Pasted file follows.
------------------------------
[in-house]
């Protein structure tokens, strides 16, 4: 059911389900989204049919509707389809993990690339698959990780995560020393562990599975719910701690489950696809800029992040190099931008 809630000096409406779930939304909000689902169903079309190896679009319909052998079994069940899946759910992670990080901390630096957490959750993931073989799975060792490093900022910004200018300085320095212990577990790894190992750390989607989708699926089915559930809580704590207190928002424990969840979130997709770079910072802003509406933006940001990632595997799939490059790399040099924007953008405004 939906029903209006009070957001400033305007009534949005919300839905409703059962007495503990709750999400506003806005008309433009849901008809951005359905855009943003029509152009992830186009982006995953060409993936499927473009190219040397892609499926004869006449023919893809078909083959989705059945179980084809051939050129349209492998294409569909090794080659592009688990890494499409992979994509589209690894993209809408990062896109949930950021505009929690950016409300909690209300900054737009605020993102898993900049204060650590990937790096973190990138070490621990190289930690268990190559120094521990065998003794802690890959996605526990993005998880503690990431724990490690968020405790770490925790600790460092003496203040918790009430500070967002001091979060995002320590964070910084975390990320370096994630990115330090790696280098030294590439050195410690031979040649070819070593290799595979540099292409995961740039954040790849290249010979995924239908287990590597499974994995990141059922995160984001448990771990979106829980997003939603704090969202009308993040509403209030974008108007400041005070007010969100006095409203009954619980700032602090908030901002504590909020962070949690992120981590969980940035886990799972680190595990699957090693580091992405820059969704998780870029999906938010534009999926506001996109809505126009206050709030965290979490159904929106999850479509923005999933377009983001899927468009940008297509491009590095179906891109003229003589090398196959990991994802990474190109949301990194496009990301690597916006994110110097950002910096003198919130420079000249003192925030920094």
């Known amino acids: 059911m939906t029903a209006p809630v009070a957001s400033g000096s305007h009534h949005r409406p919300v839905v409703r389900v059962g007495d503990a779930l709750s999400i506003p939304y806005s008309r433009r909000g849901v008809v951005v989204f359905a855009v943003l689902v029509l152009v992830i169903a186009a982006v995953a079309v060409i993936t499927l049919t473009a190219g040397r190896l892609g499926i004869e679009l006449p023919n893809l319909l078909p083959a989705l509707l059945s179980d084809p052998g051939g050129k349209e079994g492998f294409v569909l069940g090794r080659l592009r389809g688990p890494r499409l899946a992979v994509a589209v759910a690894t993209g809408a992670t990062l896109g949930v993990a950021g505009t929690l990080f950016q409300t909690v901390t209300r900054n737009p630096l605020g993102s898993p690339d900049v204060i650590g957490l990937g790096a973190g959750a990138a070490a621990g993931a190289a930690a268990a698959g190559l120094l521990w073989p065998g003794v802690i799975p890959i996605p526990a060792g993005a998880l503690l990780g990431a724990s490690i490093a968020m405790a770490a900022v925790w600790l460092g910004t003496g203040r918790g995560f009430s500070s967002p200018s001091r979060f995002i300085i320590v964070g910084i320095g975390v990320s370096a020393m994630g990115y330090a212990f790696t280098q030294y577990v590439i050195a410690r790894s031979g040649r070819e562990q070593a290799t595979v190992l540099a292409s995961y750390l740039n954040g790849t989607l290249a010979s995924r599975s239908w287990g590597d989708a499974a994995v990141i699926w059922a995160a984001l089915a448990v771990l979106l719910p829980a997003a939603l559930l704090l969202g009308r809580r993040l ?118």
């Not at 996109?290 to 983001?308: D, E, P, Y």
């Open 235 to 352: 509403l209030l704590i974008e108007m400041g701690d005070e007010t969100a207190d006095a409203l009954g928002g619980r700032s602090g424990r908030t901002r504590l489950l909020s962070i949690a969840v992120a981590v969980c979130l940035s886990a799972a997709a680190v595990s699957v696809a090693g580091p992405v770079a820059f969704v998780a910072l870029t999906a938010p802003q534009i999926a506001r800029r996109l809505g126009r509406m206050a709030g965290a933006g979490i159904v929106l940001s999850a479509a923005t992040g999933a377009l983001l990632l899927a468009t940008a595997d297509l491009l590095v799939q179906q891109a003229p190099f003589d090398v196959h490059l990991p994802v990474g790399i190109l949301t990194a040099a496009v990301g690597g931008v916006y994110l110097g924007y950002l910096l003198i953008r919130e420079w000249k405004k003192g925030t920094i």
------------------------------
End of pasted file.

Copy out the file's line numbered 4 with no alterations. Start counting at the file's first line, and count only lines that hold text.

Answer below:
């Not at 996109?290 to 983001?308: D, E, P, Y």